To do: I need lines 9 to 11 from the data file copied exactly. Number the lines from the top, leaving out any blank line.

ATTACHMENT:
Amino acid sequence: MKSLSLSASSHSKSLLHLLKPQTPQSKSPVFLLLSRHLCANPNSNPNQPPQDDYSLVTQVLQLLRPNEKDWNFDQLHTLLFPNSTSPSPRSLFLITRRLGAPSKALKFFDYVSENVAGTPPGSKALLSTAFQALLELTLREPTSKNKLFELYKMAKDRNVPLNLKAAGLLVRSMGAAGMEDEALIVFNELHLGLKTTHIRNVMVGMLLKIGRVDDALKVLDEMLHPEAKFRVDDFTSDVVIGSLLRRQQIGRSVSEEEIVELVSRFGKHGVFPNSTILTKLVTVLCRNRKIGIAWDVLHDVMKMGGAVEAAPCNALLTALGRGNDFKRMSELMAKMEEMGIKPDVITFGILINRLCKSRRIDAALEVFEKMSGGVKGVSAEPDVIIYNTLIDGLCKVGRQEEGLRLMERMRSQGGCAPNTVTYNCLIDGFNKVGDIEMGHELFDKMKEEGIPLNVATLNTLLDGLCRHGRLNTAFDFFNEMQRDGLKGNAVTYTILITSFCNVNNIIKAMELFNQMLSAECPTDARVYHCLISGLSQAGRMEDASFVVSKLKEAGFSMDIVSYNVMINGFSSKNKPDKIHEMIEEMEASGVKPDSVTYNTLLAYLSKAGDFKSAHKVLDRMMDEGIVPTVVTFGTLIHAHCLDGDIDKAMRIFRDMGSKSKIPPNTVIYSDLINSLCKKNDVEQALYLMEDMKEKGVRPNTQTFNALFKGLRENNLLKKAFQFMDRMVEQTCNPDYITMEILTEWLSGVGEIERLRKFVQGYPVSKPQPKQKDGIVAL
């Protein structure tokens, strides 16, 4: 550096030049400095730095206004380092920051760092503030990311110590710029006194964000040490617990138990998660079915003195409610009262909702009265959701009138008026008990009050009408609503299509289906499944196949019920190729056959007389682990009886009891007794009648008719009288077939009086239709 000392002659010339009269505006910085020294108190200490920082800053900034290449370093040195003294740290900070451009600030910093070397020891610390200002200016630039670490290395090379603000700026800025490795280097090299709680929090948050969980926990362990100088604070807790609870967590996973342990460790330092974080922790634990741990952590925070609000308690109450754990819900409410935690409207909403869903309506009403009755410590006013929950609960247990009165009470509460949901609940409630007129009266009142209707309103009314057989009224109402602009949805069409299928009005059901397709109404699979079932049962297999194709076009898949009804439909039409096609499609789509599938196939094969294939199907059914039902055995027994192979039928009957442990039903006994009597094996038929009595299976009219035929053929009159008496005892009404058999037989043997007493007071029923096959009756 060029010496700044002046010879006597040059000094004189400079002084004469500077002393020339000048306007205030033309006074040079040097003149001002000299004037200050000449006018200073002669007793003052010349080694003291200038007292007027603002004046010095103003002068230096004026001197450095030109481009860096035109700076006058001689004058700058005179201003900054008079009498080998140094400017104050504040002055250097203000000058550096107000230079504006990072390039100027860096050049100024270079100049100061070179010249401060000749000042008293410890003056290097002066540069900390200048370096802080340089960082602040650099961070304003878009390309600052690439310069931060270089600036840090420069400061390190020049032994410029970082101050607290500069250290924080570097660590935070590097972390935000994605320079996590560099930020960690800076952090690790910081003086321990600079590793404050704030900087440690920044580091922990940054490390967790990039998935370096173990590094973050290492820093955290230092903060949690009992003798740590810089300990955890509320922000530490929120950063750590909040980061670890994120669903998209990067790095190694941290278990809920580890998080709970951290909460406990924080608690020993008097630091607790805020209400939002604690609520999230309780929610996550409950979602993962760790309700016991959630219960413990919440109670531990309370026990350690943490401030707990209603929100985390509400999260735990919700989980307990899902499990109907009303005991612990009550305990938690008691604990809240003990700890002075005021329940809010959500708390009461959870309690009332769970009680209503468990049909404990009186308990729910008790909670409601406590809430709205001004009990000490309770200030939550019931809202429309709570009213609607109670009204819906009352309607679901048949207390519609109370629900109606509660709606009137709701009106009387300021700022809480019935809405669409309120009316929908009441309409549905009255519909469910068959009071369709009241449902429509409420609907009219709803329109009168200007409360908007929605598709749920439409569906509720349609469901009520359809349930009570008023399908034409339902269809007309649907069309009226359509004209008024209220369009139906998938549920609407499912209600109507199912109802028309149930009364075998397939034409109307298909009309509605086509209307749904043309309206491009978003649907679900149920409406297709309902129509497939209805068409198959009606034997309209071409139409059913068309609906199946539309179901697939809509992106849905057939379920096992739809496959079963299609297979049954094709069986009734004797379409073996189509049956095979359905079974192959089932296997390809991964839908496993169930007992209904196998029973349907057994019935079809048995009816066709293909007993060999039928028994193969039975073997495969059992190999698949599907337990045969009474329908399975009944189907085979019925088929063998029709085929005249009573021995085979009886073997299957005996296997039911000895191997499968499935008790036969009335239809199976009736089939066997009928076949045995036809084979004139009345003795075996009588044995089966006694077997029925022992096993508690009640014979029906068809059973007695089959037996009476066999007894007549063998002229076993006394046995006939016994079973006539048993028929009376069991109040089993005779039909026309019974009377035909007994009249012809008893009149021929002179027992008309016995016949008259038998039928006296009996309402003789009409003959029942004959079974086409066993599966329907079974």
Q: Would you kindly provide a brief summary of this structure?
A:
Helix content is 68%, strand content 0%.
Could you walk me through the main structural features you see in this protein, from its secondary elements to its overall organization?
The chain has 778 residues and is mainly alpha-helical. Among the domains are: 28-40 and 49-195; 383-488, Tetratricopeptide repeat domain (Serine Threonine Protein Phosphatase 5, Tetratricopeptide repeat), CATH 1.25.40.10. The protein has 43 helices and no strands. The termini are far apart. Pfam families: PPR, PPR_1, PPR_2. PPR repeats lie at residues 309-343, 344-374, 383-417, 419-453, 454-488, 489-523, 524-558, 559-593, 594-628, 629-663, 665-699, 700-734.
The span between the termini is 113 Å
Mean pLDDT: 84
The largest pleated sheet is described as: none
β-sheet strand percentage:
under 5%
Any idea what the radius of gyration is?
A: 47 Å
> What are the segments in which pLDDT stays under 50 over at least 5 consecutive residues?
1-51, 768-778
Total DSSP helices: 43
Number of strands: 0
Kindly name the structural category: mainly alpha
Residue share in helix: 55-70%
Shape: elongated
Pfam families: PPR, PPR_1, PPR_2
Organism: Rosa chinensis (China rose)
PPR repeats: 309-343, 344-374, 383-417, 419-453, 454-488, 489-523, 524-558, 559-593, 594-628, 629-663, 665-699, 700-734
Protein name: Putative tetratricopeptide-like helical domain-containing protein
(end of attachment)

Mean pLDDT: 84
The largest pleated sheet is described as: none
β-sheet strand percentage: